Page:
4. Negative impact on morale: using the Factor can have a negative impact on employee morale and motivation, particularly if employees feel that their absence record is being used against them.
  5. Lack of transparency: the use of the Bradford Factor can sometimes lack transparency, making it difficult for employees to understand how their absence record is being used and assessed.

It’s important for businesses to weigh these risks carefully when considering the use of the Bradford Factor. It may be helpful to use it in conjunction with other measures and to take a holistic approach to assessing employee absence, taking into account factors such as the reasons for absence and the employee’s overall performance.

It is important to note that the Bradford Factor is not a measure of an individual’s overall attendance record and should not be used as the sole basis for disciplinary action.

Alternatives to using the Bradford Factor

There are some steps that any employer can consider using alongside, or as an alternative to using the Bradford Factor.

  1. Average number of days absent: a simple measure of the average number of days an employee has been absent over a specific period, such as a year.
  2. Absence rate: measuring the proportion of employees who have been absent during a specific period, expressed as a percentage of the total workforce.
  3. Number of instances of absence: measures the number of separate instances of absence an employee has taken during a specific period, regardless of the duration of each absence.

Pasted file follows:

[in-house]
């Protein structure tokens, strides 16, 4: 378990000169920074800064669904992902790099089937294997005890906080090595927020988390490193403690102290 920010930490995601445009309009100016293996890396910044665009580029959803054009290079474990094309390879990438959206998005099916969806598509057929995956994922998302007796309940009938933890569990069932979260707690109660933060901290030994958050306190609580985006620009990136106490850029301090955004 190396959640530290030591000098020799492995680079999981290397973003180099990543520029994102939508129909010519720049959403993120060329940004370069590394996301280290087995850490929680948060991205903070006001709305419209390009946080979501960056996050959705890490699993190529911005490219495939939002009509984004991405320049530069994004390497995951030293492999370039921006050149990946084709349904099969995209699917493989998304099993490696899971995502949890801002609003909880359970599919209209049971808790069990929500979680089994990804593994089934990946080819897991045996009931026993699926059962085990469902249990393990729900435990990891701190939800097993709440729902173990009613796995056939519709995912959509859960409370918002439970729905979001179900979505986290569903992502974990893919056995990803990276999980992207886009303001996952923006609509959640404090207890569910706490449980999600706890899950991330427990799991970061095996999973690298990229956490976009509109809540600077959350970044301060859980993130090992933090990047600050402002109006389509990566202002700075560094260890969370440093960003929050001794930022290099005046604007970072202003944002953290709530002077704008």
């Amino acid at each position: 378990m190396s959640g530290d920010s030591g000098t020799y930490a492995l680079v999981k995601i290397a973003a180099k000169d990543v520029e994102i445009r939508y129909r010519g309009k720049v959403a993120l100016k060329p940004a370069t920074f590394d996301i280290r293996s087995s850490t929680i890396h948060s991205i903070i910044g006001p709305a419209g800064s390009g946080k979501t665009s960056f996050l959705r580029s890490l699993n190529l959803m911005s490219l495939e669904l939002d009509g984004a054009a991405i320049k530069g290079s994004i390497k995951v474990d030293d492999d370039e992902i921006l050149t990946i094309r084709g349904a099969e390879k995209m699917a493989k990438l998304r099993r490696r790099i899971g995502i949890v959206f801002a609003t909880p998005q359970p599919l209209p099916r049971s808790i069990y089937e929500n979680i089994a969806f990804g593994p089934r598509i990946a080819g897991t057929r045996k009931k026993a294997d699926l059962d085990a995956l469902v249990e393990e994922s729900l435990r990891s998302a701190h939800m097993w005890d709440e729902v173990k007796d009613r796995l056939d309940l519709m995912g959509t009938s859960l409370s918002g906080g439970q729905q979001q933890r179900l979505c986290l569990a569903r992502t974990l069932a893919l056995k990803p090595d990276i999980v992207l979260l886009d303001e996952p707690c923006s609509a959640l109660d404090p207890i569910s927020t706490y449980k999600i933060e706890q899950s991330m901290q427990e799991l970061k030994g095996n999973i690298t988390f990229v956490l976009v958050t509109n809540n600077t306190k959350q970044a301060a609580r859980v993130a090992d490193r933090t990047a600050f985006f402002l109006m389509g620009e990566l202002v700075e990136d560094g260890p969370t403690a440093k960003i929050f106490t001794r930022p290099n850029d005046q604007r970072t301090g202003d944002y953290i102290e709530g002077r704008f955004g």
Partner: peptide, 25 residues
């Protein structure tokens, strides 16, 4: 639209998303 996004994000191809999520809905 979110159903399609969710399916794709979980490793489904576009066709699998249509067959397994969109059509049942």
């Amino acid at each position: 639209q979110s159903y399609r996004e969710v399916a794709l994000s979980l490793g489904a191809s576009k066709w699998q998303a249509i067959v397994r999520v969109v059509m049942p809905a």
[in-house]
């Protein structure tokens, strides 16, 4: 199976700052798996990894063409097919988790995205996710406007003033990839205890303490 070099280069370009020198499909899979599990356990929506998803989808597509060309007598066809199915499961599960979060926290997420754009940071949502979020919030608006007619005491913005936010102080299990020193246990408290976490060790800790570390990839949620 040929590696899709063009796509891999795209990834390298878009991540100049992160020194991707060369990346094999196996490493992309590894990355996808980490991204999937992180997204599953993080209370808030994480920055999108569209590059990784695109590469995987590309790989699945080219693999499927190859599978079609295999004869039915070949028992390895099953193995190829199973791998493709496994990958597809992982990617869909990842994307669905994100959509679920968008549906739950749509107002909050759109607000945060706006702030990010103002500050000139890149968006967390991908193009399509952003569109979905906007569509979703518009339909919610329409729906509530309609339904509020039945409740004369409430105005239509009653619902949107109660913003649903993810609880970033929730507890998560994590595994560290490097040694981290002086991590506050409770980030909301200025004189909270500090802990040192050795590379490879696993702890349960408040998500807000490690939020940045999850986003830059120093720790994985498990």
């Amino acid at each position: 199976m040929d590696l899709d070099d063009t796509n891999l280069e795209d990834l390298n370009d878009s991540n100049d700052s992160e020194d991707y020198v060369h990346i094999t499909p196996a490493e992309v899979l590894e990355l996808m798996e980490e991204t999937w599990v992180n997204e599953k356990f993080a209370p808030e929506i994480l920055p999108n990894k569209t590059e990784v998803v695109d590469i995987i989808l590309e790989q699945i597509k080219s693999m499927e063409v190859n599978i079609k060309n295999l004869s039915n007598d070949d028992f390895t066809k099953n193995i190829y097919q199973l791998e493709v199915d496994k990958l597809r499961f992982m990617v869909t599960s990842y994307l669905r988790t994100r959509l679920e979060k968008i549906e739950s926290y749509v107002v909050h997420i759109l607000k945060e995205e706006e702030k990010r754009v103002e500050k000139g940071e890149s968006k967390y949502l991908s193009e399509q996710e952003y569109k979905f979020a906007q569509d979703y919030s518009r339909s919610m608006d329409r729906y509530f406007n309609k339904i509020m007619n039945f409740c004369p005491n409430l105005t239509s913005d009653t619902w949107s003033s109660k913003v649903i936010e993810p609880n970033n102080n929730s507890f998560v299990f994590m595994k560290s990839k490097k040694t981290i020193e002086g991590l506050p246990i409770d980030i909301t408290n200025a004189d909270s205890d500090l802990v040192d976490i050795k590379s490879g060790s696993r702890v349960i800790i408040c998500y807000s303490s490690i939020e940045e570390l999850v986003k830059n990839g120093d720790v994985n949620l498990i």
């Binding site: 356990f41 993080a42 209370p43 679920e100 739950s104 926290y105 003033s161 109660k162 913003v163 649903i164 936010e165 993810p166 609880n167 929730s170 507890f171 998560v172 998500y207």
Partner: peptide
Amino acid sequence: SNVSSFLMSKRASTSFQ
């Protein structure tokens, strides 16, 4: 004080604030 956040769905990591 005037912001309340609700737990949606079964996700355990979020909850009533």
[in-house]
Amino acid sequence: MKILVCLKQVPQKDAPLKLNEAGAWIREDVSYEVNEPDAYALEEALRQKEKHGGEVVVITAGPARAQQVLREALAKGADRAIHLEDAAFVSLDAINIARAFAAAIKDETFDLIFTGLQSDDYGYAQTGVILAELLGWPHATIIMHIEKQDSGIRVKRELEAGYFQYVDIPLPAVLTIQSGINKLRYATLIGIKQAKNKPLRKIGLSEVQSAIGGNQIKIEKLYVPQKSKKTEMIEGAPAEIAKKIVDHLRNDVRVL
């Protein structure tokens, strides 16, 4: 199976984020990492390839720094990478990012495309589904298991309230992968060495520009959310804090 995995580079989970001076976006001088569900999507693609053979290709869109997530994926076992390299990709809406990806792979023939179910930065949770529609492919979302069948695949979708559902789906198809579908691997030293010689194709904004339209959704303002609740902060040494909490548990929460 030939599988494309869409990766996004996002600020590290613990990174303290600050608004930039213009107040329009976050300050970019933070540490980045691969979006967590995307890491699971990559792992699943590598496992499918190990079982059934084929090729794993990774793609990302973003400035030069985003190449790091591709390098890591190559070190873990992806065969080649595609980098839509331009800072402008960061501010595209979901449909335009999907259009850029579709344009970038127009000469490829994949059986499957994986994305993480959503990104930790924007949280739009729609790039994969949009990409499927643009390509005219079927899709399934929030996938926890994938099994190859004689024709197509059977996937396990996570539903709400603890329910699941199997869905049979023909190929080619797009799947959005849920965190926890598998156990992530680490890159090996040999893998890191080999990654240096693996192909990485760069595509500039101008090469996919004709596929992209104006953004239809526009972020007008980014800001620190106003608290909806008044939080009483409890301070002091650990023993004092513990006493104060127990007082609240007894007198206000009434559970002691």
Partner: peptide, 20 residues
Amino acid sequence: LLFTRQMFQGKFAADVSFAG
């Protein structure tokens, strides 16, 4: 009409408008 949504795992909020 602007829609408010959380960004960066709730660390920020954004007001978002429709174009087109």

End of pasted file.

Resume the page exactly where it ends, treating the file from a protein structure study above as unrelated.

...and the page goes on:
4. Absence history: keeping a clear record of employee absences, the reasons for absence and the duration of absence. This can provide a straightforward and transparent view of absence patterns.
  5. Return to work interviews: return to work interviews can be used to discuss the reasons for absence, any support that may be needed and to agree on a plan to reduce future absence.
  6. Employee well-being plans: focusing on employee well-being and promoting a healthy work-life balance can help reduce absence and promote a positive work environment.
  7. Employee engagement: encouraging employees to provide feedback on work-related stressors can help identify causes of stress (a big reason for sickness absences) and ways to reduce it.
  8. Mediation and conflict resolution: providing access to support for employees to resolve workplace conflicts or issues that may be causing stress can reduce absence and improve well-being.

These alternatives can offer a more comprehensive approach to managing employee absence, rather than relying on a single numerical value.  

Although the Bradford Factor can be incredibly helpful in managing sickness absence, it is just one tool among many that employers can use to manage absence effectively. It is likely to be most effective if it is used in conjunction with other measures, such as regular attendance monitoring and supportive management.